Leon Adams, associate professor at the University of Western Australian and author of this month's editorial, agrees, stating, "de Ldinghen et al have provided valuable data regarding the use of TE in NAFLD patients. Its strength appears to be excluding advanced fibrosis and cirrhosis, however there are a number of issues that need to be clarified before it is routinely utilized in the clinical setting." Professor Adams points out issues in successfully conducting TE evaluations on obese patients, varying results due to diverse patient populations, and the fact that cost and availability may play a role in the decision to employ TE and other noninvasive tests in the future.


'/>"/>

Contact: Dawn Peters
medicalnews@wiley.com
781-388-8408
Wiley-Blackwell
Source:Eurekalert

Related medicine news :

1. Penn study finds pro-death proteins required to regulate healthy immune function
2. New study shows promise in reducing surgical risks associated with surgical bleeding
3. Study, meta-analysis examine factors associated with death from heatstroke
4. Study suggests loss of 2 types of neurons -- not just 1 -- triggers Parkinsons symptoms
5. Study says COPD testing is not measuring up
6. Preclinical study suggests organ-transplant drug may aid in lupus fight
7. Ability to cope with stress can increase good cholesterol in older white men, study finds
8. High alcohol consumption increases stroke risk, Tulane study says
9. Mailman School of Public Health study examines link between racial discrimination and substance use
10. Pitt study finds inequality in tobacco advertising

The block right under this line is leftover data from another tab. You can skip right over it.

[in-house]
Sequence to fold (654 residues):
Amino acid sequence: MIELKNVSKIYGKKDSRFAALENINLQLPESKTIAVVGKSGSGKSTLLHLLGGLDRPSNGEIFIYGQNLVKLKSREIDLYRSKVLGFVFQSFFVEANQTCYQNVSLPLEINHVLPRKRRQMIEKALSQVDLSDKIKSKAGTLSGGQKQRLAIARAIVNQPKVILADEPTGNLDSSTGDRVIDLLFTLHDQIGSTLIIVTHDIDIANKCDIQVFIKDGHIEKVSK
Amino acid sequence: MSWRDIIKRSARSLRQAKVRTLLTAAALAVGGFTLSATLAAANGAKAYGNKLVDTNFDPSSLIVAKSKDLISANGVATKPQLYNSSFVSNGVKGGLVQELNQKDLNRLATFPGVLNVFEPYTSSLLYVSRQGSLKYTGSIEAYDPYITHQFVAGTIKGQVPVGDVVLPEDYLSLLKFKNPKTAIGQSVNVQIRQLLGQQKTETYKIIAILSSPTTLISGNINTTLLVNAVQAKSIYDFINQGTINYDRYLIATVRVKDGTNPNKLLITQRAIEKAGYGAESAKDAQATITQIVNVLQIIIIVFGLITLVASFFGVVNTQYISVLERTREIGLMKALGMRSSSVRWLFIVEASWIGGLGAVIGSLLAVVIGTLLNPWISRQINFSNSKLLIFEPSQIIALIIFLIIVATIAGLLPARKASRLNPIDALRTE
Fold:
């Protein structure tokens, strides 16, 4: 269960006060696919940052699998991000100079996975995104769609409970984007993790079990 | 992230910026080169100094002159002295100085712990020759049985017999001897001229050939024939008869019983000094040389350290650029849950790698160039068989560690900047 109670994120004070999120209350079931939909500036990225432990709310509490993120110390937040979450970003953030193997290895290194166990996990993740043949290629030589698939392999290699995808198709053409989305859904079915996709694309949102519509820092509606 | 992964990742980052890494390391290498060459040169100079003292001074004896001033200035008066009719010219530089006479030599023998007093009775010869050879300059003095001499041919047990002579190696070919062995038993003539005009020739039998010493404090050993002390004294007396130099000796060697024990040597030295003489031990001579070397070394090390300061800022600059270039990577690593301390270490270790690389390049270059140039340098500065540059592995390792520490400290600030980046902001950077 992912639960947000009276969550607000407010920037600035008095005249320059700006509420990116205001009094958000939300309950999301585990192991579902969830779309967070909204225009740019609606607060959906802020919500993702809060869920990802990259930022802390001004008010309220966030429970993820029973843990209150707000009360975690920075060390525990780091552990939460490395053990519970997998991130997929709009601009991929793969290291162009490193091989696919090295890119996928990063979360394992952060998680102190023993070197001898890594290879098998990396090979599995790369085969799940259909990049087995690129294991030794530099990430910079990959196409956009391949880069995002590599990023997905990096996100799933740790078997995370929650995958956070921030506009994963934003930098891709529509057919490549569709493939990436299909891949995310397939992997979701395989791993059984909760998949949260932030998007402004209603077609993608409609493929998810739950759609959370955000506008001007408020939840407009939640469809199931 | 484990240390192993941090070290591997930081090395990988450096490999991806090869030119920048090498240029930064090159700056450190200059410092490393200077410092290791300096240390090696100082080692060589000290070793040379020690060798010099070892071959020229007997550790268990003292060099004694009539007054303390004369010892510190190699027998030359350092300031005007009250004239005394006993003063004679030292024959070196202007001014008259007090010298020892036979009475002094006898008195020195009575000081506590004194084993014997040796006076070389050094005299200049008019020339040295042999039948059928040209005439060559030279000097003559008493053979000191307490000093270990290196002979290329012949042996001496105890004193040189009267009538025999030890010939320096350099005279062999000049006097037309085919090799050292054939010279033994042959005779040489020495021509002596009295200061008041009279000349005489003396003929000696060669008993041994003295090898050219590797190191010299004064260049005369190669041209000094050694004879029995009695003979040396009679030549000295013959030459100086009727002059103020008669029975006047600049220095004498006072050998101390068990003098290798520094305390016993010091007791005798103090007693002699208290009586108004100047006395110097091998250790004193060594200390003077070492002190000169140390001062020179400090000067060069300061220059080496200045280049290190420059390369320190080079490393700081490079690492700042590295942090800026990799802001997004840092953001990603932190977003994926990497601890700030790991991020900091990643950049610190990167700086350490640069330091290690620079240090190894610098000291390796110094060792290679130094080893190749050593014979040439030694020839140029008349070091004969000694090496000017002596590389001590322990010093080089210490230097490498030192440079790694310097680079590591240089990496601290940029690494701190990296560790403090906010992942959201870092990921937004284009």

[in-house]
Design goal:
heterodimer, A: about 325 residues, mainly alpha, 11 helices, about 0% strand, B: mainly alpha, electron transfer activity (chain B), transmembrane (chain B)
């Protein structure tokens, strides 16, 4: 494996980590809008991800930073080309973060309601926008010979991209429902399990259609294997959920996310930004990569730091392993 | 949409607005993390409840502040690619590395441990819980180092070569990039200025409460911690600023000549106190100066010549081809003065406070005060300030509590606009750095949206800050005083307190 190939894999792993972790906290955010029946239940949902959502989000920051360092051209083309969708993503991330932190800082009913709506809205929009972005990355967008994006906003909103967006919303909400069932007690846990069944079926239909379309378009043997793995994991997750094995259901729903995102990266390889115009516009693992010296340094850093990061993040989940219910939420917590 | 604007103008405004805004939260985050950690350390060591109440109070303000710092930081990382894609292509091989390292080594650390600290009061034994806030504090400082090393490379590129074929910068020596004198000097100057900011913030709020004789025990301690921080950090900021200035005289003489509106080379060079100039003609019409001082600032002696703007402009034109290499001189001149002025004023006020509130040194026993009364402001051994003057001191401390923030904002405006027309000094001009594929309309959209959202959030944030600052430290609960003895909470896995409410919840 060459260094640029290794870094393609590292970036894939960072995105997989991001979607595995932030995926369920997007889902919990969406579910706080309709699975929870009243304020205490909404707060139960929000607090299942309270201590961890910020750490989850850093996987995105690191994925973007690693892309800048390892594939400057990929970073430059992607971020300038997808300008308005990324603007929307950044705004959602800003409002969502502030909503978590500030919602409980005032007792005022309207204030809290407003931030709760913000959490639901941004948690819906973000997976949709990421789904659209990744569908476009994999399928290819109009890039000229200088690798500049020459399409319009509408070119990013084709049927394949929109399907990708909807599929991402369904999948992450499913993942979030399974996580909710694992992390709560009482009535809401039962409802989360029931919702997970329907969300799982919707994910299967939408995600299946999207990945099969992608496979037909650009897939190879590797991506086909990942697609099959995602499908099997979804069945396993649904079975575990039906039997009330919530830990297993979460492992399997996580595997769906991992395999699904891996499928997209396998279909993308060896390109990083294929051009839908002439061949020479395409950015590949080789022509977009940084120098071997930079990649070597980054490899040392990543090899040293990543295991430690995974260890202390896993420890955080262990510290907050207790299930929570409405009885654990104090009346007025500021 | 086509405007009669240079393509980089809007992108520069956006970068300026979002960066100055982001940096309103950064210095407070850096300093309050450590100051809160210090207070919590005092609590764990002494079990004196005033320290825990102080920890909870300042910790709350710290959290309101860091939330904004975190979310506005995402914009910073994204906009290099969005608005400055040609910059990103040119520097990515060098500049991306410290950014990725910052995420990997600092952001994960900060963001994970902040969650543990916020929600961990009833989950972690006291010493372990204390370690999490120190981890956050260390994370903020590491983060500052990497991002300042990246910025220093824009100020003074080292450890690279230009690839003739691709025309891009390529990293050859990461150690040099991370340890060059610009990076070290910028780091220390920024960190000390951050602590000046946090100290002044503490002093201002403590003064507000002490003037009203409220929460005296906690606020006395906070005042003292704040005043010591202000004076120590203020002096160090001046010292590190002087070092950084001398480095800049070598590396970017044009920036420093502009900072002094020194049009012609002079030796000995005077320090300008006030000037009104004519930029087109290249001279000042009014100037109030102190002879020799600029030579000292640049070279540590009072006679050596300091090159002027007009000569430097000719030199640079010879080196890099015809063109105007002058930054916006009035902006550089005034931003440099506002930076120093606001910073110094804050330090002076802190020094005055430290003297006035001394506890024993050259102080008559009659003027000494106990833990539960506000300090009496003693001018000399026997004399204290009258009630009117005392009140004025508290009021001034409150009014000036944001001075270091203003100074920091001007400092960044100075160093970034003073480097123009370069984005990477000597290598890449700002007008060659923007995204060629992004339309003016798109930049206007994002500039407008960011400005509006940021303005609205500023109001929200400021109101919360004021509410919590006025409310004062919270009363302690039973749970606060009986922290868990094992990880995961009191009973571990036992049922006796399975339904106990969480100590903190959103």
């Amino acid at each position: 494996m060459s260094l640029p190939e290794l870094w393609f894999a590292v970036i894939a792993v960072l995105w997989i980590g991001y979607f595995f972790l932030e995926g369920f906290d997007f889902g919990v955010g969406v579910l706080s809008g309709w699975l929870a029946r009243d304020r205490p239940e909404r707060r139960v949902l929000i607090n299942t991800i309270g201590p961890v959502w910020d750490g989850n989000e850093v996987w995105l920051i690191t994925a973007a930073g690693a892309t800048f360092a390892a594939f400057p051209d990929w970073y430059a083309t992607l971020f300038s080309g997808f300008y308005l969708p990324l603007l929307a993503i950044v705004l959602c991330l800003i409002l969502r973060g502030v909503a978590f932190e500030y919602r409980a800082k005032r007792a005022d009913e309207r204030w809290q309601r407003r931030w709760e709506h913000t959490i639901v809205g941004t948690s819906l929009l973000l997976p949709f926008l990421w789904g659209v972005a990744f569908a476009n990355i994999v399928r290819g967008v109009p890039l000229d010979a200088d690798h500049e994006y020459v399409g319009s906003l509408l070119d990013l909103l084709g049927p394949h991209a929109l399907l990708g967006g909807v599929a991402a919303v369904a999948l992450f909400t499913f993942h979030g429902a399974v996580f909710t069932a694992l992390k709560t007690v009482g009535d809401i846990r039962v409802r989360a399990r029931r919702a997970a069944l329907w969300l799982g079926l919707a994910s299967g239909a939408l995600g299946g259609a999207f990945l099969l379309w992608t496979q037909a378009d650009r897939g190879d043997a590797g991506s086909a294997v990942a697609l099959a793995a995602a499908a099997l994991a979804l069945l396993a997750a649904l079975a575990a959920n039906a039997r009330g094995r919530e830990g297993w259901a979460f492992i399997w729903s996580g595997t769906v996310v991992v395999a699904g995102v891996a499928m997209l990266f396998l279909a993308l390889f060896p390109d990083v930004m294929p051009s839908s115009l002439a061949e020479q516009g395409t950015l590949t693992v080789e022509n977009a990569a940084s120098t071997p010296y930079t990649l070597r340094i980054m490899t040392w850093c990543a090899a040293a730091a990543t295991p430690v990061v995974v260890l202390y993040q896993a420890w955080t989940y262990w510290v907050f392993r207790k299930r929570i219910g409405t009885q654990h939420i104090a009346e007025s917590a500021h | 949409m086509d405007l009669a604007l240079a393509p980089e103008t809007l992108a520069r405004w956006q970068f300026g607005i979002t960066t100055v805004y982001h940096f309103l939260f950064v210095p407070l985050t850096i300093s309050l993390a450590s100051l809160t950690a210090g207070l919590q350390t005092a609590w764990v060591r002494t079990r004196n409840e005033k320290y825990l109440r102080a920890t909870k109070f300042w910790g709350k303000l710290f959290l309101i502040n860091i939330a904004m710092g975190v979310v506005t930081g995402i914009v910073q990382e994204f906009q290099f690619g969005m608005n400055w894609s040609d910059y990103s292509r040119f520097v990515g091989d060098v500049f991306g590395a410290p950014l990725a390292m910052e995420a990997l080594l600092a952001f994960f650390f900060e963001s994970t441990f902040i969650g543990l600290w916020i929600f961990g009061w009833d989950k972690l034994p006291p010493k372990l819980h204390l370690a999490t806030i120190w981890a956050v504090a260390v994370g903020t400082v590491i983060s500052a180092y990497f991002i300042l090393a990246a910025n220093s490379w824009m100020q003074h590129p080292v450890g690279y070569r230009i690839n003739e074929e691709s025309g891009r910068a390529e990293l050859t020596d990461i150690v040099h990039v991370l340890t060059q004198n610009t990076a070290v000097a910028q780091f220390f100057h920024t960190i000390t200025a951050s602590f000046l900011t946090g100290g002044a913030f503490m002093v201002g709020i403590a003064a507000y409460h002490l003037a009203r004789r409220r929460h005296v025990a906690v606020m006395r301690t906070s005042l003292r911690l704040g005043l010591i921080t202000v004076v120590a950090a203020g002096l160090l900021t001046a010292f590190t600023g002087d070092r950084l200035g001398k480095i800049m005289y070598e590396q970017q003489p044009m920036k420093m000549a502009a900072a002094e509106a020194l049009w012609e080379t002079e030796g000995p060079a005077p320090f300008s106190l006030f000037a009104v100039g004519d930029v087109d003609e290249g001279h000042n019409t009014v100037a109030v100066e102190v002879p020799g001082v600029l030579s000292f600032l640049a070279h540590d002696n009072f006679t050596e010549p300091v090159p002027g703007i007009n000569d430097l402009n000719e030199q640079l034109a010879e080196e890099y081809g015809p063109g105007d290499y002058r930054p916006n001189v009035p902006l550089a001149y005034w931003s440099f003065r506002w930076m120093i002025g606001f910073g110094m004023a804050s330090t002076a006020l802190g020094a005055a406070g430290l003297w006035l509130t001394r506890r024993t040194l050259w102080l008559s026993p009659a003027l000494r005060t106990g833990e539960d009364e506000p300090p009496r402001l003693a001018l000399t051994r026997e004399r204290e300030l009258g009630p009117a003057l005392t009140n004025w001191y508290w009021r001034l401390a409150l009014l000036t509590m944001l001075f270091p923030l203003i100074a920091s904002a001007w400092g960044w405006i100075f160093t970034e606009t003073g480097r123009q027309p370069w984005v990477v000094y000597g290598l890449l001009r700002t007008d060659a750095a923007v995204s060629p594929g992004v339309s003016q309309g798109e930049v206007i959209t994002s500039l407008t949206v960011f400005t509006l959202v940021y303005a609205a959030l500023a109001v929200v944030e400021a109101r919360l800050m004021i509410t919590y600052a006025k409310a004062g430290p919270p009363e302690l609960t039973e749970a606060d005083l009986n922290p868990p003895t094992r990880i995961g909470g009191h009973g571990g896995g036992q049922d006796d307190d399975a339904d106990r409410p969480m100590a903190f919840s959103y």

11. Stanford study highlights cost-effective method of lowering heart disease risks
Post Your Comments:
*Name:
*Comment:
*Email:
(Date:6/26/2016)... , ... June 26, 2016 , ... Brent Kasmer, a legally blind and certified personal ... personalized through a fitness app. The fitness app plans to fix the two major problems ... offer a one size fits all type program , They don’t eliminate all ...
(Date:6/25/2016)... ... June 25, 2016 , ... The temporary closing of Bruton Memorial Library on June ... , brings up a new, often overlooked aspect of head lice: the parasite’s ability to ... is not a common occurrence, but a necessary one in the event that lice have ...
(Date:6/25/2016)... Oklahoma City, Oklahoma (PRWEB) , ... June 25, ... ... to helping both athletes and non-athletes recover from injury. Recently, he has implemented ... for the Oklahoma City area —Johnson is one of the first doctors to ...
(Date:6/24/2016)... ... ... Those who have experienced traumatic events may suffer from a complex set of ... or alcohol abuse, as a coping mechanism. To avoid this pain and suffering, Serenity ... event. , Trauma sufferers tend to feel a range of emotions, from depression, guilt, ...
(Date:6/24/2016)... ... ... Global law firm Greenberg Traurig, P.A. announced that 20 Florida attorneys are recognized ... this recognition are considered among the top 2 percent of lawyers practicing within the ... this year’s Legal Elite Hall of Fame: Miami Shareholders Mark D. Bloom, Burt ...
Breaking Medicine News(10 mins):
(Date:6/23/2016)... -- Any dentist who has made an implant supported denture ... of them do not even offer this as a viable ... costs involved. And those who ARE able to offer that ... cost that the majority of today,s patients would not be ... , founder of Dental Evolutions Inc. and inventor of Implanova ...
(Date:6/23/2016)... Roche (SIX: RO, ROG; OTCQX: RHHBY) announced that it ... (procalcitonin) assay as a dedicated testing solution for people ... Roche is the first IVD company in the U.S ... assessment and management. PCT is a sepsis-specific ... blood can aid clinicians in assessing the risk of ...
(Date:6/23/2016)... 2016 Research and Markets has announced ... report to their offering. ... a favourable commercial environment for MedImmune to enter. The US ... will serve to drive considerable growth for effective anti-influenza medications. ... cap sales considerably, but development is still in its infancy. ...
Breaking Medicine Technology: